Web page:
Example – 1

The circle \({x^2} + {y^2} - 4x - 4y + 4 = 0\) is inscribed in a triangle which has two of its sides along the co-ordinate axes. If the locus of the circumcentre of the triangle is

\[x + y - xy + k\sqrt {{x^2} + {y^2}}  = 0\]

find the value of k.

Solution: The situation is described clearly in the figure below:

The equation of L is, using the intercept form,

\[L:\frac{x}{a} + \frac{y}{b} = 1\]

The distance of the centre of S, i.e. (2, 2) from L must equal the radius of S which is 2. Thus,

\[\frac{{\left| {\frac{2}{a} + \frac{2}{b} - 1} \right|}}{{\sqrt {\frac{1}{{{a^2}}} + \frac{1}{{{b^2}}}} }} = 2\,\,\,\,\,\,\,\,\,\,\,\,\,\,\,\,\,\,\left\{ \begin{align}&{\text{We now use the fact that }}\\&L{\text{(2, 2) is negative since}}\\&{\text{(2, 2) and the origin lie }}\\&{\text{on the same side of }}L{\text{ and}}\\&L{\text{(0, 0) is negative }}\end{align} \right\}\]

\[ \Rightarrow \quad  2a + 2b - ab + 2\sqrt {{a^2} + {b^2}}  = 0\,\,\,\,\,\,\,\,\,\,\,\,\,\,\,\,...\left( 1 \right)\]

From pure geometric considerations, the circumcentre C of \(\Delta OAB\) lies on AB and is in fact, the  mid-point of AB.

Thus,

\[C \equiv \left( {\frac{a}{2},\frac{b}{2}} \right)\]

Slightly manipulating (1), we obtain

\[\frac{a}{2} + \frac{b}{2} - \left( {\frac{a}{2}} \right)\left( {\frac{b}{2}} \right) + \sqrt {{{\left( {\frac{a}{2}} \right)}^2} + {{\left( {\frac{b}{2}} \right)}^2}}  = 0\,\,\,\,\,\,\,\,\,\,\,\,\,\,\,\,\,\,\,...(2)\]

The locus of \(\begin{align}\left( {\frac{a}{2},\frac{b}{2}} \right)\end{align}\) is given by (2). Using \((x,y)\) instead of \(\begin{align}\left( {\frac{a}{2},\frac{b}{2}}\right),\end{align}\) we obtain

\[x + y - xy + \sqrt {{x^2} + {y^2}}  = 0\,\,\,\,\,\,\,\,\,\,\,\,\,\,\,\,\,\,\,\,\,...(3)\]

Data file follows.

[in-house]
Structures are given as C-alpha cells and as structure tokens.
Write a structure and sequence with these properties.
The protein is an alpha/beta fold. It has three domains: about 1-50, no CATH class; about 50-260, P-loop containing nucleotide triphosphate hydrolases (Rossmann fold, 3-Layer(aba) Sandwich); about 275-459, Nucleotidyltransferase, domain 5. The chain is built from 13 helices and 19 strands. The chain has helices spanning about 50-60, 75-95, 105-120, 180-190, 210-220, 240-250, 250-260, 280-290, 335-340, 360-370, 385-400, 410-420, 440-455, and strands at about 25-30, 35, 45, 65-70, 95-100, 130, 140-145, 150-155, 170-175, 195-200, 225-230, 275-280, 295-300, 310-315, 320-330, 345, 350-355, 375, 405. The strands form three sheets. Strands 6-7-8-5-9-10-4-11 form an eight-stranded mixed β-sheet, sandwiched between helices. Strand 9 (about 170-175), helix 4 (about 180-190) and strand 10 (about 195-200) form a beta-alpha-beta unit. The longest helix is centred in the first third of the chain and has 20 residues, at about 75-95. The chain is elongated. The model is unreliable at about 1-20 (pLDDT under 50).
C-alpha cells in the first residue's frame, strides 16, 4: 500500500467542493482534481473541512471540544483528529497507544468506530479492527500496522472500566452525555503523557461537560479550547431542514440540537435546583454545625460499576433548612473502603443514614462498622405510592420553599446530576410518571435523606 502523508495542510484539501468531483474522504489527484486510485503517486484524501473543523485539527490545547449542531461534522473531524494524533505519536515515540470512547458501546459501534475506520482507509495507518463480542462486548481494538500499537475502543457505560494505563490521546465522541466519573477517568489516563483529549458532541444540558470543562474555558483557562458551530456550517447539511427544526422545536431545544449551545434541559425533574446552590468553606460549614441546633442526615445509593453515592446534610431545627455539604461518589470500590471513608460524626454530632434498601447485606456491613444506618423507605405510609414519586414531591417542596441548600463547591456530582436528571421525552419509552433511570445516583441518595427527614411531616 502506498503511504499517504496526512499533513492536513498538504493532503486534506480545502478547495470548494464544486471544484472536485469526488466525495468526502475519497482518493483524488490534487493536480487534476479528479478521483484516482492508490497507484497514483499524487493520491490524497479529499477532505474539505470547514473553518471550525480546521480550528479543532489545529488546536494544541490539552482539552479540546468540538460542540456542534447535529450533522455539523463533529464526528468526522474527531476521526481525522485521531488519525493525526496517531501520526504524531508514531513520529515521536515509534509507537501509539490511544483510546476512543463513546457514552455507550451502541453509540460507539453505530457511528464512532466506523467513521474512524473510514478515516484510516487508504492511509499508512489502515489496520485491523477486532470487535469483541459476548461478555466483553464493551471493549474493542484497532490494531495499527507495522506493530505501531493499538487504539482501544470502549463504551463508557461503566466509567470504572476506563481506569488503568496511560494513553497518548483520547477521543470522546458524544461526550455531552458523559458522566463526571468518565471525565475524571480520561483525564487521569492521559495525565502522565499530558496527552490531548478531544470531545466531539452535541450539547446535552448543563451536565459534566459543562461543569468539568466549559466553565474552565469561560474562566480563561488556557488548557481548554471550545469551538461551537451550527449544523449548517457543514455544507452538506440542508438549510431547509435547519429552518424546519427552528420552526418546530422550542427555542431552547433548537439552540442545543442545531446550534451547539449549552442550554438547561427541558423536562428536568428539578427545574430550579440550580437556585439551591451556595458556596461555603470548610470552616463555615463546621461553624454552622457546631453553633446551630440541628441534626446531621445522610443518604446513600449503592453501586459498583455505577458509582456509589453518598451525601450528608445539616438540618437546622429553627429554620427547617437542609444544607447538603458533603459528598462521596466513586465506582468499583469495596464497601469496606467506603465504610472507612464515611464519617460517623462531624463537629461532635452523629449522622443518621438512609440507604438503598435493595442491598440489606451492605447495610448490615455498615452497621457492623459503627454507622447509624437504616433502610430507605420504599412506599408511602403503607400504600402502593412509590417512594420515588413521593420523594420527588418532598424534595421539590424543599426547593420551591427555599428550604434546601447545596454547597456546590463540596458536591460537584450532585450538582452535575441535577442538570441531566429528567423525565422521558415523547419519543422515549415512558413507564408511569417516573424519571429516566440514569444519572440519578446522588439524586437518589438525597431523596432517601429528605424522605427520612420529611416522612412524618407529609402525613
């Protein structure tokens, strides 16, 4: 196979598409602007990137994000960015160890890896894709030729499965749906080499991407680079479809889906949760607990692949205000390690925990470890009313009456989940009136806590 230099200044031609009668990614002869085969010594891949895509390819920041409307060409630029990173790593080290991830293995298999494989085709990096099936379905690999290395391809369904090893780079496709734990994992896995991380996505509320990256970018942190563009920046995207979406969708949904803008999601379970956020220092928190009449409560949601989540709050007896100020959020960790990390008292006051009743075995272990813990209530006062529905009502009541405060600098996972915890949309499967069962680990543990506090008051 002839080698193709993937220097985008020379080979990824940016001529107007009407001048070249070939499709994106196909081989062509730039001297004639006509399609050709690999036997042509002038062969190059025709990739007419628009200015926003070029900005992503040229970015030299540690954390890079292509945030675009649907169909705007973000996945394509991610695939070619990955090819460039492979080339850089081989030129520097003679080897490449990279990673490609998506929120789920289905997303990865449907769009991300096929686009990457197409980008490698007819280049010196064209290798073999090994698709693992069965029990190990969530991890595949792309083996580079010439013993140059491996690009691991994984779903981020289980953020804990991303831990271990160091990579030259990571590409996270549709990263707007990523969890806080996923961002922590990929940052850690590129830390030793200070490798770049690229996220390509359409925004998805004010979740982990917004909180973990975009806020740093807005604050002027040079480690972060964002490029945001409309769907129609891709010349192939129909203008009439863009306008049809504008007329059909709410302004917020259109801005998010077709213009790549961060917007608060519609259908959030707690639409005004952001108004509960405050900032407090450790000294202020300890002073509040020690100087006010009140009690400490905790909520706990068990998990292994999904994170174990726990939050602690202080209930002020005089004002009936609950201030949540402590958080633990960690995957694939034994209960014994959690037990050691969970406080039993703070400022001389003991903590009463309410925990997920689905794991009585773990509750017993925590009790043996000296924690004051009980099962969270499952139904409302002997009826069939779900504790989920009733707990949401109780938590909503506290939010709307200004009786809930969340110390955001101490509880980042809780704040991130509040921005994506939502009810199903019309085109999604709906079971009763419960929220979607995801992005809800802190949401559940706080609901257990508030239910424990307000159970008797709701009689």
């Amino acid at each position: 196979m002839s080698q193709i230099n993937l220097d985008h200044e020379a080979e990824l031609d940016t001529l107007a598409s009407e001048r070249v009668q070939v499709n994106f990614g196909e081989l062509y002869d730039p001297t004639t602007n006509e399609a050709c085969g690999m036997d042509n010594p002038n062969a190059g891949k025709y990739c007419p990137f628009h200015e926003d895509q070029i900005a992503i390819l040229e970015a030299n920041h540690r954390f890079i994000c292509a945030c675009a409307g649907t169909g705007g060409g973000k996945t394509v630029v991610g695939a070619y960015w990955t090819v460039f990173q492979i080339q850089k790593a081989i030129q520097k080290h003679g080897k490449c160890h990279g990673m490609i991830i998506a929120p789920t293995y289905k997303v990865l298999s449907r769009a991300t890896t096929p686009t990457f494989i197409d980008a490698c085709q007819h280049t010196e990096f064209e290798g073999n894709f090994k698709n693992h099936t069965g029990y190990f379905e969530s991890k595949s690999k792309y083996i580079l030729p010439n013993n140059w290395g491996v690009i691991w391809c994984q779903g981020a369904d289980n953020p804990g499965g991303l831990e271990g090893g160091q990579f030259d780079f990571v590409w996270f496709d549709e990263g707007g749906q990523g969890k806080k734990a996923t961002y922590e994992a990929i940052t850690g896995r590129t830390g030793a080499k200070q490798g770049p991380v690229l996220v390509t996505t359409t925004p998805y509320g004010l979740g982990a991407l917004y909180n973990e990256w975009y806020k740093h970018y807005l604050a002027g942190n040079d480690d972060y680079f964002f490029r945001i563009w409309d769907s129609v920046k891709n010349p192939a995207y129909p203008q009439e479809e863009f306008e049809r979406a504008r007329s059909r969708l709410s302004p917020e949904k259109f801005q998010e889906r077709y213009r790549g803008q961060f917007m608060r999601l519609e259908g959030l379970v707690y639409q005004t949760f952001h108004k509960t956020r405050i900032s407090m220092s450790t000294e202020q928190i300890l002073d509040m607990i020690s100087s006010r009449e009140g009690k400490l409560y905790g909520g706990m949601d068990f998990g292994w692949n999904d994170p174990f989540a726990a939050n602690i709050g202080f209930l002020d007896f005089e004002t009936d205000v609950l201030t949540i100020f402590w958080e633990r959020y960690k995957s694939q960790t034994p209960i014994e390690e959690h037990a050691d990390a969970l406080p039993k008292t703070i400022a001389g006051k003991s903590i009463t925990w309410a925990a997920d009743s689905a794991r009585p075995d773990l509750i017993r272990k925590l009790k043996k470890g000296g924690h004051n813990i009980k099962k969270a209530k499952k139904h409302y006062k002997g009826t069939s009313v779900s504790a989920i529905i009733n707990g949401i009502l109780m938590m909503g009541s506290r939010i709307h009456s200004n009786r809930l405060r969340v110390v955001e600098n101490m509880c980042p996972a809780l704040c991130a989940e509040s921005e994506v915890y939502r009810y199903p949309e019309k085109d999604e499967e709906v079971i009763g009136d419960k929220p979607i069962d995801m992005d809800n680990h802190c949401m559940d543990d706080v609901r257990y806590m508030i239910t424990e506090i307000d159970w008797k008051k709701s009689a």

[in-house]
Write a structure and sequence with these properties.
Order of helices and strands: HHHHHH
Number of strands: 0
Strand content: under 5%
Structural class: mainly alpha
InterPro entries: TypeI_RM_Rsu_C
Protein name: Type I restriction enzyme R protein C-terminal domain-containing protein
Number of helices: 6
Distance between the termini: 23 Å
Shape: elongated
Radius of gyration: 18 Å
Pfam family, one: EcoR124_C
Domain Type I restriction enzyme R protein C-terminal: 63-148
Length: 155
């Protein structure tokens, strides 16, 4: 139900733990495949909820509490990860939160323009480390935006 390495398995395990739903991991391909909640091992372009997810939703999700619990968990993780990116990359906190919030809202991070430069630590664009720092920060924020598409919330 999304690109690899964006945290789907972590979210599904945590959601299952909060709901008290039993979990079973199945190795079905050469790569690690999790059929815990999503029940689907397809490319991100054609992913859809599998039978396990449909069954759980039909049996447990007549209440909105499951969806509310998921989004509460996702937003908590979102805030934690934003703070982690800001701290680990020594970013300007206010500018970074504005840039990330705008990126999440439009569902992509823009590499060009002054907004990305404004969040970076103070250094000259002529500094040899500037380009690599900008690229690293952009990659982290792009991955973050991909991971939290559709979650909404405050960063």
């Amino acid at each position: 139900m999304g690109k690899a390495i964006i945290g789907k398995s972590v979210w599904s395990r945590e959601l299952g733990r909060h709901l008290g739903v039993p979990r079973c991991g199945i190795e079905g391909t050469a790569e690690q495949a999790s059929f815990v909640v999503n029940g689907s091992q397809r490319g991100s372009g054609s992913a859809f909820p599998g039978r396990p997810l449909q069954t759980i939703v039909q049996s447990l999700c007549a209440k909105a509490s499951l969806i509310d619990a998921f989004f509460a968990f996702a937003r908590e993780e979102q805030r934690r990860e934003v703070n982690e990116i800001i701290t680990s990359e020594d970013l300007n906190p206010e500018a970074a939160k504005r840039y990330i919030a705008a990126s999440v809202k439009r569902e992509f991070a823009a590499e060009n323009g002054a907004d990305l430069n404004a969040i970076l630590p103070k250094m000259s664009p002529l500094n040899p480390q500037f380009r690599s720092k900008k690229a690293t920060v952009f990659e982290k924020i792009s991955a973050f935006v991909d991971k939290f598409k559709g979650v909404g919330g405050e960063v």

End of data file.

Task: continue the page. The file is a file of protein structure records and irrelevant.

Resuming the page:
Upon comparing (3) with the locus specified in the question, we obtain \(k = 1.\)

Example – 2

Consider a curve \(a{x^2} + 2hxy + b{y^2} = 1\) and a point P not on the curve. A line drawn from P intersects the curve at points Q and R. If the product \(PQ \cdot PR\) is independent of the slope of the line, then show that the curve is a circle.

Solution: Since distances are involved from a fixed point, it would be a good idea to use the polar form of the line to write the co-ordinates of Q and R.

Let P be \(({x_1},{y_1})\) and let \(\theta \) denote the slope of the variable line. For any point \((x,y)\)  lying on this line at a distance r from P, we have

\[\begin{align}&\,\,\,\,\,\,\,\,\,\,\,\,\,\,\,\,\,\,\frac{{x - {x_1}}}{{\cos \theta }} = \frac{{y - {y_1}}}{{\sin \theta }} = r\\&\quad\Rightarrow  \quad x = {x_1} + r\cos \theta \,\,;\,\,y = {y_1} + r\sin \theta \end{align}\]

If \((x,y)\)  lies on the given curve, it must satisfy the equation of the curve :

\[\begin{align}&a{({x_1} + r\cos \theta )^2} + b{({y_1} + r\sin \theta )^2} + 2h({x_1} + r\cos \theta )({y_1} + r\sin \theta ) = 1\\& \Rightarrow \quad  \{ a{\cos ^2}\theta  + b{\sin ^2}\theta  + h\sin 2\theta \} {r^2} + 2\{ a{x_1}\cos \theta  + b{y_1}\sin \theta  + h({x_1}\cos \theta \\&\qquad\qquad \qquad\qquad + {y_1}\sin \theta )\} r + ax_1^2 + by_1^2 + 2h{x_1}{y_1} - 1 = 0\qquad\qquad \quad...(1)\end{align}\]

This quadratic has two roots in r, say \({r_1}\) and \({r_2}\), which will actually correspond to \(PQ\) and \(PR\) since Q and R lie on the curve. Thus, \(PQ \cdot PR\) being independent of \({\rm{\theta }}\) means that \({r_1}{r_2}\) for (1) is independent of \({\rm{\theta }}\) i.e.